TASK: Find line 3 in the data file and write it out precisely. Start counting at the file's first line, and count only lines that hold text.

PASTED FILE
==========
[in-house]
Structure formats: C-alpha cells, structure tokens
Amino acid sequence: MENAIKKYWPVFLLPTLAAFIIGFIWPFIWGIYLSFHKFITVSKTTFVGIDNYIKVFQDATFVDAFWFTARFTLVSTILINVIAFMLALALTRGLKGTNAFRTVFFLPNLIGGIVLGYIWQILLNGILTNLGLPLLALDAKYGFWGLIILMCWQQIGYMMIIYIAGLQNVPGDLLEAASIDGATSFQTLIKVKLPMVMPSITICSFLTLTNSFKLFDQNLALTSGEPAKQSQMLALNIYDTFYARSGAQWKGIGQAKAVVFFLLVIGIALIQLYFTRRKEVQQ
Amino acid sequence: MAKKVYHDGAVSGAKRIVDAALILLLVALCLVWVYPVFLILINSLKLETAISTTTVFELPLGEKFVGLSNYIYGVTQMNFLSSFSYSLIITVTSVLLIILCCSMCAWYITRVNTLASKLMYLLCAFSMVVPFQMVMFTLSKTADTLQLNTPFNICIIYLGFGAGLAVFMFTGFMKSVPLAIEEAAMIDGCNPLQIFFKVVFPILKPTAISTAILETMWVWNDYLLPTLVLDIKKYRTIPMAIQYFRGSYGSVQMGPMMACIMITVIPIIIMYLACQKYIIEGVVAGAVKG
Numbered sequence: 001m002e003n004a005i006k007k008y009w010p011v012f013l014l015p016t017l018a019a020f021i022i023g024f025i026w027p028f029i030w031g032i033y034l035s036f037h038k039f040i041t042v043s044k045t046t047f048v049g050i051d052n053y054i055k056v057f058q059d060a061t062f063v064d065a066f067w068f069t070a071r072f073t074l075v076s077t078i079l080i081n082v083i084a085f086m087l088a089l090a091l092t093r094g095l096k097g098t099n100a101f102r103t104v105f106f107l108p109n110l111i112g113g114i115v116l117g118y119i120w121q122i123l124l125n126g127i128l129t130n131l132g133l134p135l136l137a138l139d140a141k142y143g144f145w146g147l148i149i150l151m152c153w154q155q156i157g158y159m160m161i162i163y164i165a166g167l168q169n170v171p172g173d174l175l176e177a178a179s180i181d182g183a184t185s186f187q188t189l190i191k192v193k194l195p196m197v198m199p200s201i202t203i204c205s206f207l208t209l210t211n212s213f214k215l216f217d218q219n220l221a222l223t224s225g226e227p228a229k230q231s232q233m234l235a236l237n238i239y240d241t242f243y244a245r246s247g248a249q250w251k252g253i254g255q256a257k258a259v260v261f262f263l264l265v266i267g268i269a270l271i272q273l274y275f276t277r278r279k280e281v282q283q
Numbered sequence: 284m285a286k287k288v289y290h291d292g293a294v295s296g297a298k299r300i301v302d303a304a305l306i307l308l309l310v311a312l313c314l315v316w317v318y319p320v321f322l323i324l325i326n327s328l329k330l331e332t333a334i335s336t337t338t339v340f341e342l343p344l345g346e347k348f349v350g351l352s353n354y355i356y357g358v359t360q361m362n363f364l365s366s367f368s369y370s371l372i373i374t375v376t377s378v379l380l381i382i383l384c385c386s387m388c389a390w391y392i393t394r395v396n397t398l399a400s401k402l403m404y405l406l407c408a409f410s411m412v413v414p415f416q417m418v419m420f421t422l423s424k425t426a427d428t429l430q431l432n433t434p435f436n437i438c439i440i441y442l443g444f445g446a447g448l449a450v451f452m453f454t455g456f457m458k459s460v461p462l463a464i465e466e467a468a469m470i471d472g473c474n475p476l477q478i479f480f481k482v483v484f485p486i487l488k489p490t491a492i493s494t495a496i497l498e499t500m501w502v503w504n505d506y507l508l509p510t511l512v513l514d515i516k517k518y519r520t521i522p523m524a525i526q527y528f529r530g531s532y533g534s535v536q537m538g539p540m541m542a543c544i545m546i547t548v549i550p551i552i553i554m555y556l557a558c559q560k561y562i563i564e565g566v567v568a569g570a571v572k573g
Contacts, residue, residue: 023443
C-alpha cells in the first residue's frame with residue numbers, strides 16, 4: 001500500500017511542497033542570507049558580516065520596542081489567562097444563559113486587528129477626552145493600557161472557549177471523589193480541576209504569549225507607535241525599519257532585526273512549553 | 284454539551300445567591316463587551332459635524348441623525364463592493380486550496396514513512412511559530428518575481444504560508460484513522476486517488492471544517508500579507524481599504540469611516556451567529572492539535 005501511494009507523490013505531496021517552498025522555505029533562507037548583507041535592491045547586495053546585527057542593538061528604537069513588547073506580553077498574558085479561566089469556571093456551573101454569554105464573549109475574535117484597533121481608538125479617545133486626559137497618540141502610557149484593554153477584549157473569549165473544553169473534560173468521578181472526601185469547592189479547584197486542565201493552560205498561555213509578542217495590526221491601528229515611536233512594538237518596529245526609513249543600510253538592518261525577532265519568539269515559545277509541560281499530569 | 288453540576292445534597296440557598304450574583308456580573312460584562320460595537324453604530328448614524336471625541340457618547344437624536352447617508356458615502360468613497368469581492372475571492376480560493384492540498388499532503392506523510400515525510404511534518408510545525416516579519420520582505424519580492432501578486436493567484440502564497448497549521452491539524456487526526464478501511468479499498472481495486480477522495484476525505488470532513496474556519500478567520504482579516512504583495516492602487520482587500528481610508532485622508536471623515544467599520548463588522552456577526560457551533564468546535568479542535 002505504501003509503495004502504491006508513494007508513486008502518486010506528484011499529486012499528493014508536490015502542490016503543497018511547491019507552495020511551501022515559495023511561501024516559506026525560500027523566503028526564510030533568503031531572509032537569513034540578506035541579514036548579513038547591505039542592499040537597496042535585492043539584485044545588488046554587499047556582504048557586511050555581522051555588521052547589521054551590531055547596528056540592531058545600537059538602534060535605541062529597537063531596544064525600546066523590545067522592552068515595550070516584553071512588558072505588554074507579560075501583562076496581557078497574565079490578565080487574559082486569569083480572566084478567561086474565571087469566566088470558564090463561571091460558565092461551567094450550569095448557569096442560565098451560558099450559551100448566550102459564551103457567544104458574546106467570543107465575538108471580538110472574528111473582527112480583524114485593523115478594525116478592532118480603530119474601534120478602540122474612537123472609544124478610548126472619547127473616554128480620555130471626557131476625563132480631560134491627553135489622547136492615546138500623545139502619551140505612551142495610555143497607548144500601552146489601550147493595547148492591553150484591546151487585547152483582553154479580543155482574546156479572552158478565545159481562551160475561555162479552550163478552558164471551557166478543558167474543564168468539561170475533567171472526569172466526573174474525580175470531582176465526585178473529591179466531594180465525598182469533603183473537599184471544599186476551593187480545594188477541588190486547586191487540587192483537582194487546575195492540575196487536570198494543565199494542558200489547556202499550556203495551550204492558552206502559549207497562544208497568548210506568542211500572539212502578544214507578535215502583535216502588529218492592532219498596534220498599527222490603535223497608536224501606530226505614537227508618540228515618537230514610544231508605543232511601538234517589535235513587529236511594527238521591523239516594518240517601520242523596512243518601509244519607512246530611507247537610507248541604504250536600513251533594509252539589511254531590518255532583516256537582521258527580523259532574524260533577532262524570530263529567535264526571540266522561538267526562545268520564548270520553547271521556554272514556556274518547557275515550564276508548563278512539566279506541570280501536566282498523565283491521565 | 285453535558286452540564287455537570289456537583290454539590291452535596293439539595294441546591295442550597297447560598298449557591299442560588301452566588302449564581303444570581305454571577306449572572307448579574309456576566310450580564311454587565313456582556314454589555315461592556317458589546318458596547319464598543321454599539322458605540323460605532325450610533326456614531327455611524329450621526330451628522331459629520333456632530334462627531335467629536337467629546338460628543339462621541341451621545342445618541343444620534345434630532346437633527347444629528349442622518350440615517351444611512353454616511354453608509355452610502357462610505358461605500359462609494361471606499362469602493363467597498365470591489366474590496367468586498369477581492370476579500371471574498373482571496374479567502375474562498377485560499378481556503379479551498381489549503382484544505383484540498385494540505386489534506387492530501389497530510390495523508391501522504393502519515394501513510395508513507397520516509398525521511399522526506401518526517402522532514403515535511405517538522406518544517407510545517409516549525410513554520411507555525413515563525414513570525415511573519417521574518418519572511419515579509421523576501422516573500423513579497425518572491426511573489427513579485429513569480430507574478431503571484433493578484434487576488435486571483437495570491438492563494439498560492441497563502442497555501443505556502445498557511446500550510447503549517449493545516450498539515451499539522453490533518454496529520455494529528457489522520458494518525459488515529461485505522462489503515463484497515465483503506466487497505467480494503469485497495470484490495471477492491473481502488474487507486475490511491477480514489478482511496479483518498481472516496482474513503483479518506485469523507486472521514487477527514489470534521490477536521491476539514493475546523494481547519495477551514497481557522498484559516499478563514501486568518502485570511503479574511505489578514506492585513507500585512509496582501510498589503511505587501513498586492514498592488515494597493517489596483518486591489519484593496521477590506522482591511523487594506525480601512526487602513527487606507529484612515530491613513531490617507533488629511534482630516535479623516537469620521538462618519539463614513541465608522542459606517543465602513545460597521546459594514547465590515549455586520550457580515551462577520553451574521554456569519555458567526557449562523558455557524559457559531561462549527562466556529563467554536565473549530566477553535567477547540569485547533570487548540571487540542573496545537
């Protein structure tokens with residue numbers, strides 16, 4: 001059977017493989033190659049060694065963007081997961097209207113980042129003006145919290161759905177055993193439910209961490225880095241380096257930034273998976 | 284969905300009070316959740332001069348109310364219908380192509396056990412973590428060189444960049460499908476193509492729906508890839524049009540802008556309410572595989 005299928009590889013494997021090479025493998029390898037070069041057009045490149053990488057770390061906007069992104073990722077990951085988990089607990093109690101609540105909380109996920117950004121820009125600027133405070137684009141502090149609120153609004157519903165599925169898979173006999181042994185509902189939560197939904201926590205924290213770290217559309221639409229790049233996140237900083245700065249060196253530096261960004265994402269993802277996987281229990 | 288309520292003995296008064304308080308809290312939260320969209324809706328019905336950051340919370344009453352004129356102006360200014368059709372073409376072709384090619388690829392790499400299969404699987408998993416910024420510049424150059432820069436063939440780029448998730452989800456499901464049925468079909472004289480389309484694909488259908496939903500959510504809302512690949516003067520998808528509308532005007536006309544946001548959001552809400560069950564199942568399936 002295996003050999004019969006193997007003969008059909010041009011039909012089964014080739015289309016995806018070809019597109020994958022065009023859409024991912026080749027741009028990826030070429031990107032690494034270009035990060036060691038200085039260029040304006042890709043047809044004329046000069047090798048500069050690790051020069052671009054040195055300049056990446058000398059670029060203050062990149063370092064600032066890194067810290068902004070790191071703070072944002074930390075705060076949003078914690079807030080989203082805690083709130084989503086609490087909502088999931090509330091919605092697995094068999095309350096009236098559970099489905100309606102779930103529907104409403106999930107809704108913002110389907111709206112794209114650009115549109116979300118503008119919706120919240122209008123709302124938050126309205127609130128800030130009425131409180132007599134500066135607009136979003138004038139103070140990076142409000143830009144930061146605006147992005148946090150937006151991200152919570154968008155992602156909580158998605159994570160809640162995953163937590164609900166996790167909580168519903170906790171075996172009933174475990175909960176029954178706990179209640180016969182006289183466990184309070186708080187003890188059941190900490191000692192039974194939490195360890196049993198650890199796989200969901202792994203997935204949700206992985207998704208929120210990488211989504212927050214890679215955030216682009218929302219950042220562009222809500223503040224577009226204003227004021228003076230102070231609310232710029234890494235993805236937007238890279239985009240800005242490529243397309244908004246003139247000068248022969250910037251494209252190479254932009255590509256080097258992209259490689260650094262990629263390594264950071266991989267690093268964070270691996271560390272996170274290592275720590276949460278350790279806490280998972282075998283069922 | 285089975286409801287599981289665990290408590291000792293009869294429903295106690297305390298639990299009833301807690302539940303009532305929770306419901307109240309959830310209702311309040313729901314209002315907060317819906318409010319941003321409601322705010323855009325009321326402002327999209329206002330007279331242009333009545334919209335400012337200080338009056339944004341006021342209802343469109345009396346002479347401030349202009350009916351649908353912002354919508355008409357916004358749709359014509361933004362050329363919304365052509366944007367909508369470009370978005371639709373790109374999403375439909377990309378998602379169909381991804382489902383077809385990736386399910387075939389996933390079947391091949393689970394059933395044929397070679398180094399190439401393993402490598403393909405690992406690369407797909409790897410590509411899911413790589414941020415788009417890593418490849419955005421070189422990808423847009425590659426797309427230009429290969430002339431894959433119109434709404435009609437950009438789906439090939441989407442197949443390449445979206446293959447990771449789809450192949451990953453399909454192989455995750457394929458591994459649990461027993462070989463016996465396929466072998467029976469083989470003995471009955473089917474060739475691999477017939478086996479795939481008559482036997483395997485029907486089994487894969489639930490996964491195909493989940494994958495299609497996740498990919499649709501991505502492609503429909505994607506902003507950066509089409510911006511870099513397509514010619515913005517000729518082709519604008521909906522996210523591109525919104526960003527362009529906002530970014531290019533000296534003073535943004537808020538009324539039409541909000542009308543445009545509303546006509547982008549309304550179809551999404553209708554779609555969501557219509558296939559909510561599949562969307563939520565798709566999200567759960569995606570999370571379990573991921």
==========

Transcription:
Amino acid sequence: MENAIKKYWPVFLLPTLAAFIIGFIWPFIWGIYLSFHKFITVSKTTFVGIDNYIKVFQDATFVDAFWFTARFTLVSTILINVIAFMLALALTRGLKGTNAFRTVFFLPNLIGGIVLGYIWQILLNGILTNLGLPLLALDAKYGFWGLIILMCWQQIGYMMIIYIAGLQNVPGDLLEAASIDGATSFQTLIKVKLPMVMPSITICSFLTLTNSFKLFDQNLALTSGEPAKQSQMLALNIYDTFYARSGAQWKGIGQAKAVVFFLLVIGIALIQLYFTRRKEVQQ